Reducing the pace of learning should not increase overfitting.

The rate of learning is calculated by comparing the “contribution” of the most recent set of observations to all prior batches.

The smaller the learning rate, the less significant the most recent batch.

Reducing the learning rate improves the likelihood of convergence, but requires more iterations to find the optimal solution (local, if not global).

In conclusion, the pace of learning influences the convergence rate, but is not overfitting.

- The primary cause of overfitting with NNs is the same as with other Machine Learning models:
**Comparing the complexity of a model (number of parameters) to the amount of training data.**

You may believe that one impacts the other since the number of training epochs is insufficient for the slower learning rate. This may prevent the system from arriving at the ideal solution. Therefore, a low learning rate results in more iterations, and vice versa.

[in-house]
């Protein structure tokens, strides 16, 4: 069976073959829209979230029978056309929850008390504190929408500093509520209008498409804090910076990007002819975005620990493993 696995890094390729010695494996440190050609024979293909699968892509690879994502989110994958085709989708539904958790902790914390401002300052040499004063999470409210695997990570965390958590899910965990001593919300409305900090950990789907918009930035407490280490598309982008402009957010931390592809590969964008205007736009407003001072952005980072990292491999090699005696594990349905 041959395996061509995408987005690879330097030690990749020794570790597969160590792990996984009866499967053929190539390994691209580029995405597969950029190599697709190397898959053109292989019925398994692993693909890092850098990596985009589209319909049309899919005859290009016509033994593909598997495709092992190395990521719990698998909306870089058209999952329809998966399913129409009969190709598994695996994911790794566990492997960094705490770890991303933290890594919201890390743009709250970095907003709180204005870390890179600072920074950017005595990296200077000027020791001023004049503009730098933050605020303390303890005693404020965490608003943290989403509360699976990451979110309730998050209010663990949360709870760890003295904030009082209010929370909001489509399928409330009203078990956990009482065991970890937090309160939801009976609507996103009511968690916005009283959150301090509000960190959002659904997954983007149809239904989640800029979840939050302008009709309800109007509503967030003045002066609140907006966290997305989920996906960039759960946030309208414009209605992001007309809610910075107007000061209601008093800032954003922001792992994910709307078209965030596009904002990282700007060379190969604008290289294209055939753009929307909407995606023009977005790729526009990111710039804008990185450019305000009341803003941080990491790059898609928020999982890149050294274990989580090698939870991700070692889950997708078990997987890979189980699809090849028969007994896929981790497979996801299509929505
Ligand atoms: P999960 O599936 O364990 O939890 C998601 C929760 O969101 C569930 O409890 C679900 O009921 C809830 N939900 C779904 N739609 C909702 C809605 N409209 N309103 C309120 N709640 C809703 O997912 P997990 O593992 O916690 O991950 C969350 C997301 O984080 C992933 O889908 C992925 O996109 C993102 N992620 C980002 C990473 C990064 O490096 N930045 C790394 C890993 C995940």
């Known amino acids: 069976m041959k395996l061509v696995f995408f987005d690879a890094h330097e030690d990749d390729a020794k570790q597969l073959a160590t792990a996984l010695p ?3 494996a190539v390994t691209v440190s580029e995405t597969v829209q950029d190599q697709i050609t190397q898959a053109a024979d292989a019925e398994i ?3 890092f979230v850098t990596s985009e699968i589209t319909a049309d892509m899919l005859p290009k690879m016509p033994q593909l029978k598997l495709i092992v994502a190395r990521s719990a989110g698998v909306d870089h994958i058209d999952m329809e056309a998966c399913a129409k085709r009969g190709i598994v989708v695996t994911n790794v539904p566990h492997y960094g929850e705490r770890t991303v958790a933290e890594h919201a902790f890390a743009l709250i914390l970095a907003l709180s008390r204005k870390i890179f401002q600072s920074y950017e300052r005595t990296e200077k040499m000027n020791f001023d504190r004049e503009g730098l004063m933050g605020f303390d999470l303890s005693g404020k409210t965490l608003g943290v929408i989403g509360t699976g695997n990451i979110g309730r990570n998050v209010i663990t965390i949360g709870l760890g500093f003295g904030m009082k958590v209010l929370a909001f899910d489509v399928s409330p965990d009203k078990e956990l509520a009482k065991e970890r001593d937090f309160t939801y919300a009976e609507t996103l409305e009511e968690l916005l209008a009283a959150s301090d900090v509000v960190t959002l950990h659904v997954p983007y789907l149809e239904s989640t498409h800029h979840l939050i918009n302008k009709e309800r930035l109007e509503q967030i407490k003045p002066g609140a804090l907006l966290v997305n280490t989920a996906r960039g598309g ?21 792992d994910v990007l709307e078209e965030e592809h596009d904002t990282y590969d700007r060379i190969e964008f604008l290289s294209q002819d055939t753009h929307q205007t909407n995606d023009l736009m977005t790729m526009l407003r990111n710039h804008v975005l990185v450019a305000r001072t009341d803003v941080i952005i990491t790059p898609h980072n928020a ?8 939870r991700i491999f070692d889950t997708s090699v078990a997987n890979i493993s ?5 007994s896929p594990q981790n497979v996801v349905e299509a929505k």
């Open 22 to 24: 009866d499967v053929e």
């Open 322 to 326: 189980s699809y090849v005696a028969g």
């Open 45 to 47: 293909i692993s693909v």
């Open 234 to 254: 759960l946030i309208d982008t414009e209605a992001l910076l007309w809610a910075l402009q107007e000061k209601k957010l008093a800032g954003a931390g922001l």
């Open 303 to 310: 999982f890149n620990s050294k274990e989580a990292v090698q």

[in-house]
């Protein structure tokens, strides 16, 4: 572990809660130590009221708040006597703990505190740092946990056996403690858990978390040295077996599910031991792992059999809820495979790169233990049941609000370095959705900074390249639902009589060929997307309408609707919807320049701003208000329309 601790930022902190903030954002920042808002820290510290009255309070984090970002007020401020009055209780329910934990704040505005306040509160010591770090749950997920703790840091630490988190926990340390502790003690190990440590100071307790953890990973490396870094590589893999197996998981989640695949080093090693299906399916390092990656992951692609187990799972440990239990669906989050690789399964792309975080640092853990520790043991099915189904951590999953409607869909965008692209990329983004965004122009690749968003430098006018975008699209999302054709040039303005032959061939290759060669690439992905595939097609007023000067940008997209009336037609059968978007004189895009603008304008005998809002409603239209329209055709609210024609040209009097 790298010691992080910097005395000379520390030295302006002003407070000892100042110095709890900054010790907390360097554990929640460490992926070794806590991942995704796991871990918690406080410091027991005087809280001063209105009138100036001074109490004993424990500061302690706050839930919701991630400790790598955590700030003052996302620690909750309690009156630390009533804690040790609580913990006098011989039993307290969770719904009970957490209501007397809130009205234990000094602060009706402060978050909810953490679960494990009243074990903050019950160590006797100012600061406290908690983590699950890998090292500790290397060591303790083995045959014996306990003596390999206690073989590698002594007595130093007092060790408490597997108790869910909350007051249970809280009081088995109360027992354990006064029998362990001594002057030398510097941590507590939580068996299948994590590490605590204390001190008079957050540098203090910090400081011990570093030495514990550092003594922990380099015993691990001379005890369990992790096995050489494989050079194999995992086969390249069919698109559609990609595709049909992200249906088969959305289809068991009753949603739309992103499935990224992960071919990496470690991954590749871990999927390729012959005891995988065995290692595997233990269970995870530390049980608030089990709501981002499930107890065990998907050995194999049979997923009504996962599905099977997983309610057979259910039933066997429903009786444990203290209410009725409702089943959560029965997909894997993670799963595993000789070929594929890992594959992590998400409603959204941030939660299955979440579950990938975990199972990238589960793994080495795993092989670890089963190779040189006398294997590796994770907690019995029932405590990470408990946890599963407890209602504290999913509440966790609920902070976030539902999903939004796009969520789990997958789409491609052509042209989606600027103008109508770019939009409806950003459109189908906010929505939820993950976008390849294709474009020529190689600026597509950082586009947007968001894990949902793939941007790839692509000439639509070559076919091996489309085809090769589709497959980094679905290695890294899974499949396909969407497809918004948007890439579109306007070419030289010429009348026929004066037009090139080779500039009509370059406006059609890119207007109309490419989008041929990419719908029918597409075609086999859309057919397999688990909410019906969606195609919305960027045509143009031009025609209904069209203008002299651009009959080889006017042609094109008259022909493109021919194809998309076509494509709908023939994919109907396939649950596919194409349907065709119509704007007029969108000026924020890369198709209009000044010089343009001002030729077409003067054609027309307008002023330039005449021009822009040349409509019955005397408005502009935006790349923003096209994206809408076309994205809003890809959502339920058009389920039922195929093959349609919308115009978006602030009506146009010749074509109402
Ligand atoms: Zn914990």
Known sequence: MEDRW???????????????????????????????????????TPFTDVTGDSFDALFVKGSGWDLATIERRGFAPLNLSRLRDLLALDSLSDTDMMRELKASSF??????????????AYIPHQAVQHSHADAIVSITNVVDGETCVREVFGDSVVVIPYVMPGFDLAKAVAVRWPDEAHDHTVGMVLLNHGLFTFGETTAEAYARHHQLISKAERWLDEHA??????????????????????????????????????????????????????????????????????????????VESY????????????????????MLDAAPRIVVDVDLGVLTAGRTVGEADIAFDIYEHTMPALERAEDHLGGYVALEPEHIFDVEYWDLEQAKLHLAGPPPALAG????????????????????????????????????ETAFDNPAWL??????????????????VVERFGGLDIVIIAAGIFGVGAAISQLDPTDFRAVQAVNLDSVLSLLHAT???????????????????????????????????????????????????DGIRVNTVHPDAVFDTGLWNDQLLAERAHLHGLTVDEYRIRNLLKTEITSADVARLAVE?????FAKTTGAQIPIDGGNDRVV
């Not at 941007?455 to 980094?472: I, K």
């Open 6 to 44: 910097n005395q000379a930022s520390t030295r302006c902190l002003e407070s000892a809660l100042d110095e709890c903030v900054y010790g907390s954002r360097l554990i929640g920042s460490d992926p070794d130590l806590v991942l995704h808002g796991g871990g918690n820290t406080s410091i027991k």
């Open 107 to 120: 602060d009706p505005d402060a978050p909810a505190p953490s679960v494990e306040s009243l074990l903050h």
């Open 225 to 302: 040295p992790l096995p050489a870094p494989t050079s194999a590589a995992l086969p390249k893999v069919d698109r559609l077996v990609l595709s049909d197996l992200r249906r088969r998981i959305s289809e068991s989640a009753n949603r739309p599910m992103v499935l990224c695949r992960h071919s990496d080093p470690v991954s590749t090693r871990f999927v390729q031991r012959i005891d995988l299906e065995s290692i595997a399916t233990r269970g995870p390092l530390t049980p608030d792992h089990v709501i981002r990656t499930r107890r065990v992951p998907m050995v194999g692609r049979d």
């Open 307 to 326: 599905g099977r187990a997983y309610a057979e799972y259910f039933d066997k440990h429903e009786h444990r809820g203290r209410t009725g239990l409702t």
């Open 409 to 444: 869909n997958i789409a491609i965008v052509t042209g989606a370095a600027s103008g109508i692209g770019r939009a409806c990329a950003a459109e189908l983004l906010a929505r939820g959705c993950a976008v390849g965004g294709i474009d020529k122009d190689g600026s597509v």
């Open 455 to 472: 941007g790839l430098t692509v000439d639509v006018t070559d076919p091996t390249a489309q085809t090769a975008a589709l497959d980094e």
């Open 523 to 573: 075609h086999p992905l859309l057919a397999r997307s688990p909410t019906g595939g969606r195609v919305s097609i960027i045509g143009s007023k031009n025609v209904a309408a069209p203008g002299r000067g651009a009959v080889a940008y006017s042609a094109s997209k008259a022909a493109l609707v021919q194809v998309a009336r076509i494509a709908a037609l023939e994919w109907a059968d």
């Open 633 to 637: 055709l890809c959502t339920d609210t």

It is also possible that lower step sizes result in the neural network learning a more precise answer, causing overfitting. A modest learning rate in Machine Learning would overshoot such spots – never settling, but bouncing about; hence, it would likely generalize well.

Therefore, the collected information must be connected to the optimizer learning rate, although to a lesser degree.

### Conclusion

A slower rate of learning in a neural network increases the likelihood of being mired in a local minimum. Consequently, your model may become less generic, and it would suffer. I’ve never considered it that way before. Select the maximum learning rate that stabilizes the error in your loss function. In either case, the gradient descent reduces as the product of the constant learning rate and the slope approaches zero, regardless of your learning pace.